Rescue Me (Fontella Bass song)
|Single by Fontella Bass|
|from the album The New Look|
|B-side||"Soul of the Man"|
|Released||September 25, 1965|
|Writer(s)||Raynard Miner, Carl Smith; Fontella Bass (disputed)|
|Fontella Bass singles chronology|
"Rescue Me" is a rhythm and blues song first recorded and released as a single by Fontella Bass in 1965. Original versions of the record, and BMI, give the songwriting credit to Raynard Miner and Carl William Smith, although many other sources also credit Bass herself as a co-writer. It would prove the biggest hit of Bass's career, reaching #1 on the R&B charts for four weeks and placing at #4 on the Billboard Hot 100. "Rescue Me" also peaked at number eleven on the UK Singles Chart.
According to writer Robert Pruter in his book Chicago Soul, the song emerged from a songwriting and rehearsal, or "woodshedding", session at Chess Records: ""Rescue Me" was a terrific example of the Chess studio system at its finest... One Saturday in August 1965, Bass was sitting in a rehearsal studio with producers-writers Carl Smith and Raynard Miner. They were fooling around with the song when arranger Phil Wright walked in, and the ensuing four-way jam session brought forth "Rescue Me". [Billy] Davis produced the side..." Bass claimed that, although Smith, Miner and Davis had assured her that her contribution to authorship of the song's lyrics would be acknowledged, this was never done.
Bass recorded the song in three takes at Chess Studios in Chicago. Minnie Riperton provided background vocals, and Maurice White and Louis Satterfield, later of Earth, Wind & Fire, were on drums and bass respectively. According to Bass, the call-and-response moans heard in the song was unintentional. In an interview with The New York Times in 1989, she said, “When we were recording that, I forgot some of the words... Back then, you didn’t stop while the tape was running, and I remembered from the church what to do if you forget the words. I sang, ‘Ummm, ummm, ummm,’ and it worked out just fine.”
The information regarding accolades attributed to Rescue Me is adapted from acclaimedmusic.net.
|Bruce Pollock||U.S.||The 7,500 Most Important Songs of 1944-2000||2005||*|
|Dave Marsh & Kevin Stein||U.S.||The 40 Best of the Top 40 Singles by Year||1981||31|
|Dave Marsh||U.S.||The 1001 Greatest Singles Ever Made||1989||305|
(*) designates lists that are unordered.
- In 1971, Linda Ronstadt's album Linda Ronstadt featured a live performance of "Rescue Me" as a track.
- In 1974, Cher released it as a single, that was recorded for the album Dark Lady. Allmusic reviewed her version by calling it good cover choice and noted that it is always good to hear her voice in classics.
- In 1976, Melissa Manchester remade the song for her Better Days and Happy Endings album; released as a single the track reached #78 on the Billboard Hot 100 the only Hot 100 showing for "Rescue Me" since the original version.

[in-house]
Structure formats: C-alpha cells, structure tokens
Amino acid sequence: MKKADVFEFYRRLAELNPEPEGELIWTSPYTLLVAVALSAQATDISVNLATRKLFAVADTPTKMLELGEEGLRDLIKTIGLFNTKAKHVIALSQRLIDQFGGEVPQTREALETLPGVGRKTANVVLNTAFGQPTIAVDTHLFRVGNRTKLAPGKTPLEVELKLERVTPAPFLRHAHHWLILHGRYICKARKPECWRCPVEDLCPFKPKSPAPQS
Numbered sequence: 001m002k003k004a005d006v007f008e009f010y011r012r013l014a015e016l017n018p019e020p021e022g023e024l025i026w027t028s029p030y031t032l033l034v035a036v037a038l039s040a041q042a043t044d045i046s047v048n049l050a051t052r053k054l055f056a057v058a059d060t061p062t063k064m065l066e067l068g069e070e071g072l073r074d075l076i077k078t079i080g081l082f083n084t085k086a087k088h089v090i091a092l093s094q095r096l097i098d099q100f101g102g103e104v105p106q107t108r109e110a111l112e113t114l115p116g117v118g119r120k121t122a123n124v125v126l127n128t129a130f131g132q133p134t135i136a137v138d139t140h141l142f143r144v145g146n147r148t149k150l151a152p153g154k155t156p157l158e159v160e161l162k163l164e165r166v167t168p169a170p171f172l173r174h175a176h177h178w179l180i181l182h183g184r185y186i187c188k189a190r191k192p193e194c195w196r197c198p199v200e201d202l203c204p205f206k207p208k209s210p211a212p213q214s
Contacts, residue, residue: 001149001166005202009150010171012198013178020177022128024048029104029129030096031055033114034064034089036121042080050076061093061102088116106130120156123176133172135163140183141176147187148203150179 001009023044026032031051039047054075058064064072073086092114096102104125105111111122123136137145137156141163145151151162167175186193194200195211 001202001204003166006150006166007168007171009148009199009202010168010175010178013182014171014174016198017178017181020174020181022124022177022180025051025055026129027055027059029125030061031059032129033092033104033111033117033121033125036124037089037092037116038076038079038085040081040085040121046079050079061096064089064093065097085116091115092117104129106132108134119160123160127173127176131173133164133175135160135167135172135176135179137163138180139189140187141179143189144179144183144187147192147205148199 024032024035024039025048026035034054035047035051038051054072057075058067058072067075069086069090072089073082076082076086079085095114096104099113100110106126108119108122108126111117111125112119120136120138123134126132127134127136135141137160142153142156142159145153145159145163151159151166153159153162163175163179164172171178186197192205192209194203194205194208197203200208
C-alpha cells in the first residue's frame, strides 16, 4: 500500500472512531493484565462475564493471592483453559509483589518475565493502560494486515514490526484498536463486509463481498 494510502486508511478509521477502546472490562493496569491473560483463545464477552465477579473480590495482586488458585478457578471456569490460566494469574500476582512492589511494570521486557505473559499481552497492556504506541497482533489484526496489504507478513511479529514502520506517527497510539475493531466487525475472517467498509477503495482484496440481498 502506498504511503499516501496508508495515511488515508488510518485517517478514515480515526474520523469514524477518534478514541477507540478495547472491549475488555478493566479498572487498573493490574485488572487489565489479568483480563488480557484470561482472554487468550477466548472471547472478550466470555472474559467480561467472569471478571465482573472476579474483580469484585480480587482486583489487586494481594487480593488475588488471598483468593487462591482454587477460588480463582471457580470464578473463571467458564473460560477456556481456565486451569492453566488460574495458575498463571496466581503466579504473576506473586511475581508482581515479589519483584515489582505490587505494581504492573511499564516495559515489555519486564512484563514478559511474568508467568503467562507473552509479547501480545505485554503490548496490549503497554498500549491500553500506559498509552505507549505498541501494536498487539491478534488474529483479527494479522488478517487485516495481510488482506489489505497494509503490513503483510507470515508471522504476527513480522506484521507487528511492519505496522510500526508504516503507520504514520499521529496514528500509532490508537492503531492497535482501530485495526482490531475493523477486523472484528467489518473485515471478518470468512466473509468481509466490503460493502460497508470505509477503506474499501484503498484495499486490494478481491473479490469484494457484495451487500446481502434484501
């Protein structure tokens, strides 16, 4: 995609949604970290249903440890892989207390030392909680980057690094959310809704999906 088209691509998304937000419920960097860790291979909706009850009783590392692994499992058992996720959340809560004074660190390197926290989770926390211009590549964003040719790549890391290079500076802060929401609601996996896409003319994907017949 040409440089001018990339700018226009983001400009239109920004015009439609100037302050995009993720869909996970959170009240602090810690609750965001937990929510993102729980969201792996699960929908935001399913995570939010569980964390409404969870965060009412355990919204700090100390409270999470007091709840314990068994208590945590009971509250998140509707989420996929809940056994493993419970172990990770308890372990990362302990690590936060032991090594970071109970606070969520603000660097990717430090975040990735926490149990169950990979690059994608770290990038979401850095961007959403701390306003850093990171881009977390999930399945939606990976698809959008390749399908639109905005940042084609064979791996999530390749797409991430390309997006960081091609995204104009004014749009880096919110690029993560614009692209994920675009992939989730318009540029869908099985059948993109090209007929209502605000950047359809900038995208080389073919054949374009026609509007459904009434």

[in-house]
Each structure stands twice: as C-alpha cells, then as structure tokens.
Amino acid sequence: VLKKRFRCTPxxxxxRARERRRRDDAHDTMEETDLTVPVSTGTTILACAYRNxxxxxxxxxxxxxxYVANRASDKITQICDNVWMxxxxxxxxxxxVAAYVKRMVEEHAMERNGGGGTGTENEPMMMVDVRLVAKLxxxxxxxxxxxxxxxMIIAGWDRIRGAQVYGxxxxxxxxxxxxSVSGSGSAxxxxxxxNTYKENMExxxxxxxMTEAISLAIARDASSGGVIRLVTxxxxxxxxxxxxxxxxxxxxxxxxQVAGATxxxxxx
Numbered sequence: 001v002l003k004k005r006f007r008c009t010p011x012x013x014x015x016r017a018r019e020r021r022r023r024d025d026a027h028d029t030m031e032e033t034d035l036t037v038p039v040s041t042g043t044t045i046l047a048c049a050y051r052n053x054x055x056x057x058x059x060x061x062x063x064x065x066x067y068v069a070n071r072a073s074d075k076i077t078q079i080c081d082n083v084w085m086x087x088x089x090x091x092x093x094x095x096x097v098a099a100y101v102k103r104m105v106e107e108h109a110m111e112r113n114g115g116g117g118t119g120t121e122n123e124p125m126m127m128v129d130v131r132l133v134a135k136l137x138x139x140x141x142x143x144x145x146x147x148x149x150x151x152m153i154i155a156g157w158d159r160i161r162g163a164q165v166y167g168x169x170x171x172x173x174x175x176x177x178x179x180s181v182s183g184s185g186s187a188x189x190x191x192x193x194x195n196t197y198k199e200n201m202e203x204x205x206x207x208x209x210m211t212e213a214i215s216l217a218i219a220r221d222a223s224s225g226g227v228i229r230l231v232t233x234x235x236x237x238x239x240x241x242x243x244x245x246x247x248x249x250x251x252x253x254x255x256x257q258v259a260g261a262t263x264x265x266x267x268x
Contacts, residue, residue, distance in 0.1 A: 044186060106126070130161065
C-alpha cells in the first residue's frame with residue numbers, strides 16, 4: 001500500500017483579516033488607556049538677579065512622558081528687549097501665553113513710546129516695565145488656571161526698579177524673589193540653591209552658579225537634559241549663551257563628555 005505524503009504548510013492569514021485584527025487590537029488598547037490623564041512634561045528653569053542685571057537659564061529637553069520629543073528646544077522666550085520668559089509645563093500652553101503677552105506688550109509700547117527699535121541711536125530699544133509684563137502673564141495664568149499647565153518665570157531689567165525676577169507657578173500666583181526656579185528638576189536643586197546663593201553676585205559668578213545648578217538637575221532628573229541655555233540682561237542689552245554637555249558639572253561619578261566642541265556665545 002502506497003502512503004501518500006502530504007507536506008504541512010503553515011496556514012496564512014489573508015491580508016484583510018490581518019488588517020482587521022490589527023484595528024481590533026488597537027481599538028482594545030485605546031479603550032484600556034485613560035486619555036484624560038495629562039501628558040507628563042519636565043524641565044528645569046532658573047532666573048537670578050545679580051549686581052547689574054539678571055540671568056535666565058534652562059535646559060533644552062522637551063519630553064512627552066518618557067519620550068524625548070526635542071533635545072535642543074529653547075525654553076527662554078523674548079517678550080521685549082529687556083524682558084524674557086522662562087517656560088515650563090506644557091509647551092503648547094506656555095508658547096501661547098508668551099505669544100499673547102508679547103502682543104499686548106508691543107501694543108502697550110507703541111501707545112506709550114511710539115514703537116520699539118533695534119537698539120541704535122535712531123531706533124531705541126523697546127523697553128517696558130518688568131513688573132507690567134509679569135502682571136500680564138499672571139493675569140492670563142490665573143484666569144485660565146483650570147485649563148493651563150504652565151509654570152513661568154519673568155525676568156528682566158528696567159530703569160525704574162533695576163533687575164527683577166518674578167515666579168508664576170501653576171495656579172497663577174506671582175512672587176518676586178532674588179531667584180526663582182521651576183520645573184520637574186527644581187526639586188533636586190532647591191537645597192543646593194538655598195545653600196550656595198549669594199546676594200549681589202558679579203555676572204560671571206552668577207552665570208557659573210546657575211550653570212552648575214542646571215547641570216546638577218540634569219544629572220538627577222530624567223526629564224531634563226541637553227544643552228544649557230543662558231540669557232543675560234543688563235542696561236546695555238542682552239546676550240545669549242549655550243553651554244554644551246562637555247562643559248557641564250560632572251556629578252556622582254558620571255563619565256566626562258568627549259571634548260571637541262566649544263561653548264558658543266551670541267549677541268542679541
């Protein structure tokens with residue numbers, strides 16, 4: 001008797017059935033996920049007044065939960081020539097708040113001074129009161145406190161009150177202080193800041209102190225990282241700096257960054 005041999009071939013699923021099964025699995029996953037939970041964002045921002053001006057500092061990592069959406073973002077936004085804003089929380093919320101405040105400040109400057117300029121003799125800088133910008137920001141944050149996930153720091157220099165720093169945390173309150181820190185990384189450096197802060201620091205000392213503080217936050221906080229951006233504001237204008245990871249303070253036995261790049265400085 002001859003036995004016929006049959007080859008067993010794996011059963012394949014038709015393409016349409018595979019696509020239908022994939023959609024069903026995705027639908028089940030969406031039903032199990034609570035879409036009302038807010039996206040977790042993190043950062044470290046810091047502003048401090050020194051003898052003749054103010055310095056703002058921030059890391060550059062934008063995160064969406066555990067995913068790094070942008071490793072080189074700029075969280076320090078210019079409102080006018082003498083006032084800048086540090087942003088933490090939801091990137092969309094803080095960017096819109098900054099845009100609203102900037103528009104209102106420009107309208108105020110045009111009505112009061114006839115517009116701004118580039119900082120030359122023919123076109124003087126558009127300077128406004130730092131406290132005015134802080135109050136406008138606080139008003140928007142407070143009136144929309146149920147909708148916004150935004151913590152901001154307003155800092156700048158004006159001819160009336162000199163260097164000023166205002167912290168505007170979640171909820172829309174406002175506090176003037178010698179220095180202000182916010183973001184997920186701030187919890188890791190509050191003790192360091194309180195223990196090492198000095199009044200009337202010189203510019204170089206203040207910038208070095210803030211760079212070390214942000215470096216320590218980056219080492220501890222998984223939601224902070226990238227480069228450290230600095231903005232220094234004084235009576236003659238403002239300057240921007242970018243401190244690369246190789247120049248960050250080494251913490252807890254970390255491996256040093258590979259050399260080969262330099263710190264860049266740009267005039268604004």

- Australian blues rock band Stars recorded "Rescue Me" on their final live album 1157 in 1979.
- Other artists to record this song include Elkie Brooks, Gail Dahms, Shirley Eikhard, Bryan Ferry, Guys 'n' Dolls, Tom Jones, Gayle McCormick, Ann Peebles, Diana Ross, and Leslie Uggams.
- Sass Jordan recorded the song for the soundtrack of the 1989 film American Boyfriends; her version reached #44 on the Canadian singles chart.
- Pat Benatar recorded the song in 1994 for the soundtrack to the film Speed.
- John Lennon included the Fontella Bass version in his jukebox whilst on tour. The version was included in the compilation album of tracks from the jukebox.
- The song was covered by The Doc Thomas Group, the precursor to Mott the Hoople.
- "Rescue Me" was also remixed as a dance track by Nu Generation, titled "In Your Arms (Rescue Me)". It was released in January 2000 in the United Kingdom, peaking at No. 8 in the UK Singles Chart.
- The original version of "Rescue Me" was utilized in a TV advertising campaign by American Express: Fontella Bass has stated that she was at a low point in her life when on New Year's Day 1990 she was astonished to hear her own voice singing "Rescue Me" on the American Express television ad. The experience gave Bass the inspiration to set her life in order: it also motivated her to make queries over the commercial use of her recording of "Rescue Me" with the ultimate result a 1993 settlement with American Express and its advertising agency awarding Bass $50,000 plus punitive damages.
- "Rescue Me" was also adapted as the jingle for a 1991 TV ad campaign for Pizza Hut, with Aretha Franklin rendering the song as "Deliver me". In 2009 "Rescue Me" was utilized in a TV ad campaign by TENA.
- "Rescue Me" has been used in an advertising campaign by L'Oréal's "Root Rescue" product line, sung in the background of their commercial.
- "Rescue Me" label shot
- BMI Repertoire Search: "Rescue Me". Retrieved 28 December 2012
- Whitburn, Joel (2004). Top R&B/Hip-Hop Singles: 1942-2004. Record Research. p. 48.
- Pruter, Robert (2002). Chicago Soul. Chicago: University of Illinois Press. p. 123. ISBN 0252062590.
- Pierre Perrone (28 December 2012). "Fontella Bass: Singer famed for her powerful interpretation of the million-seller 'Rescue Me'". The Independent. Retrieved 29 December 2012.
- "Fontella Bass, 72, Singer of ‘Rescue Me,’ Is Dead". New York Times. Retrieved 27 December 2012.
- Rescue Me on acclaimedmusic.net
- Review by Allmusic, Retrieved 14 October 2013